For much of the dance world, tradition is the backbone in the body of technique. Ballet and modern are perhaps at the helm of this, each with long histories of established customs. This rigorous structure allowed for an interesting tangent in the 1980s in the form of exploratory, creative movement; a sort of cubism of the dance world. These tendencies persist today, and not just in modern dance.

Russian ballet might not fall under the “unorthodox” category for most people, but that’s how Tobi Tobias described recent performances by Mariinsky Ballet. ¬†Although Tobias undercuts the production of “Anna Karenina,” he speaks candidly and gives fair voice to the dancers who “did their best under the unfavorable circumstances.” The review also includes an assessment of Alexei Ratmansky’s “The Little Humpbacked Horse,” a remake of a ballet whose history began in 1864. Find a link to the story here.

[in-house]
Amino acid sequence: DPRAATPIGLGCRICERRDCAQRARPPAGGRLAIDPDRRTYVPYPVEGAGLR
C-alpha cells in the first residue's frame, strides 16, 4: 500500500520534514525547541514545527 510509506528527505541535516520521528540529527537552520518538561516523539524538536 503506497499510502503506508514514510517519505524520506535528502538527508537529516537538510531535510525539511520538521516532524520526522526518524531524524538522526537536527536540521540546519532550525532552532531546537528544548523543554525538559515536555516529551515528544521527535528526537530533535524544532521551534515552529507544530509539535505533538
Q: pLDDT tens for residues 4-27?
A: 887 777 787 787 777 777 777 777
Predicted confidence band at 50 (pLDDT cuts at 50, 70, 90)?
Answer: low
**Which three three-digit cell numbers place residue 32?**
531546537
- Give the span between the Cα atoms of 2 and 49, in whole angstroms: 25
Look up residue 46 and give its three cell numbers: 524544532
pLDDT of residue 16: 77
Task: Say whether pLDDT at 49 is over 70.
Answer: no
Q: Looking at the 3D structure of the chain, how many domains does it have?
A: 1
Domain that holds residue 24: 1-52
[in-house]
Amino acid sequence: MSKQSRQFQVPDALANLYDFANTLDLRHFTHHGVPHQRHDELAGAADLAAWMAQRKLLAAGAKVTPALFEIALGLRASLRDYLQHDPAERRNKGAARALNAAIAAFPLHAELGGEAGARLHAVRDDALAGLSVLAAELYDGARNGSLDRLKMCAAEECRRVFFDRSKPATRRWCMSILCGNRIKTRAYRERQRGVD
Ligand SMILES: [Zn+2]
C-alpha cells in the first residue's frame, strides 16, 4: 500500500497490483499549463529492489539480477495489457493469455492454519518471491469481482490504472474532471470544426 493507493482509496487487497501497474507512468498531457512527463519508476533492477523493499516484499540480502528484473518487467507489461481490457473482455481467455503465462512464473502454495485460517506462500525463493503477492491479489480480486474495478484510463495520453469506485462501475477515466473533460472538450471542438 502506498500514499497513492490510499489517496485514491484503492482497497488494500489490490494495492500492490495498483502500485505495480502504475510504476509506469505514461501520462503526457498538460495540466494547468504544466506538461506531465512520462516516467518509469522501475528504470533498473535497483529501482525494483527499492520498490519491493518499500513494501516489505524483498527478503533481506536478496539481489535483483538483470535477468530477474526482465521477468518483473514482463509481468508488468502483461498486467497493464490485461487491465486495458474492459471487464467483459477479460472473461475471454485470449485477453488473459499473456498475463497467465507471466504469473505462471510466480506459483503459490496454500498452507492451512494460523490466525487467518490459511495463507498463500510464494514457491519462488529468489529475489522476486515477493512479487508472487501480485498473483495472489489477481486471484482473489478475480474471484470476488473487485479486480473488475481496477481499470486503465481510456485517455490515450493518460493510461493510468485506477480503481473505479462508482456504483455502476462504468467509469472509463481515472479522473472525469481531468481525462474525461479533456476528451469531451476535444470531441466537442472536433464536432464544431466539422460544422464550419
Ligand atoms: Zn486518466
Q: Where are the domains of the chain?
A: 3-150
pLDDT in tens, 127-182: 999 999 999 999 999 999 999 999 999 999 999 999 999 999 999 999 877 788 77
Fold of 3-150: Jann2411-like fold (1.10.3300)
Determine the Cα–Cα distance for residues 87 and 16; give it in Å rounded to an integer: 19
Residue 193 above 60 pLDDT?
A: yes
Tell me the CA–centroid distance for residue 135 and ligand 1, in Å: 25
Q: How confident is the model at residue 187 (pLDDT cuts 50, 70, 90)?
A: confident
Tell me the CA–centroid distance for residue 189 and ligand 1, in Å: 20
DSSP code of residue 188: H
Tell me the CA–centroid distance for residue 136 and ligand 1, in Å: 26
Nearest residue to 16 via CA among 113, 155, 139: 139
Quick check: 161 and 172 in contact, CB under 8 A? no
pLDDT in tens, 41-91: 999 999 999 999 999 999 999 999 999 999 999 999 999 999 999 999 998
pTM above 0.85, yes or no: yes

The second installment in the wave of the unusual is enumerated in Deborah Jowitt’s latest post about Jonah Bokaer and his pieces “Recess” and “Why Patterns.” Paper and ping-pong balls both make appearances and contribute to larger questions: What is a pattern? When does it cease to be one? What do 10,000 small, plastic balls have to do with anything? Jowitt muses on these and other issues in her post on DanceBeat. Read it here.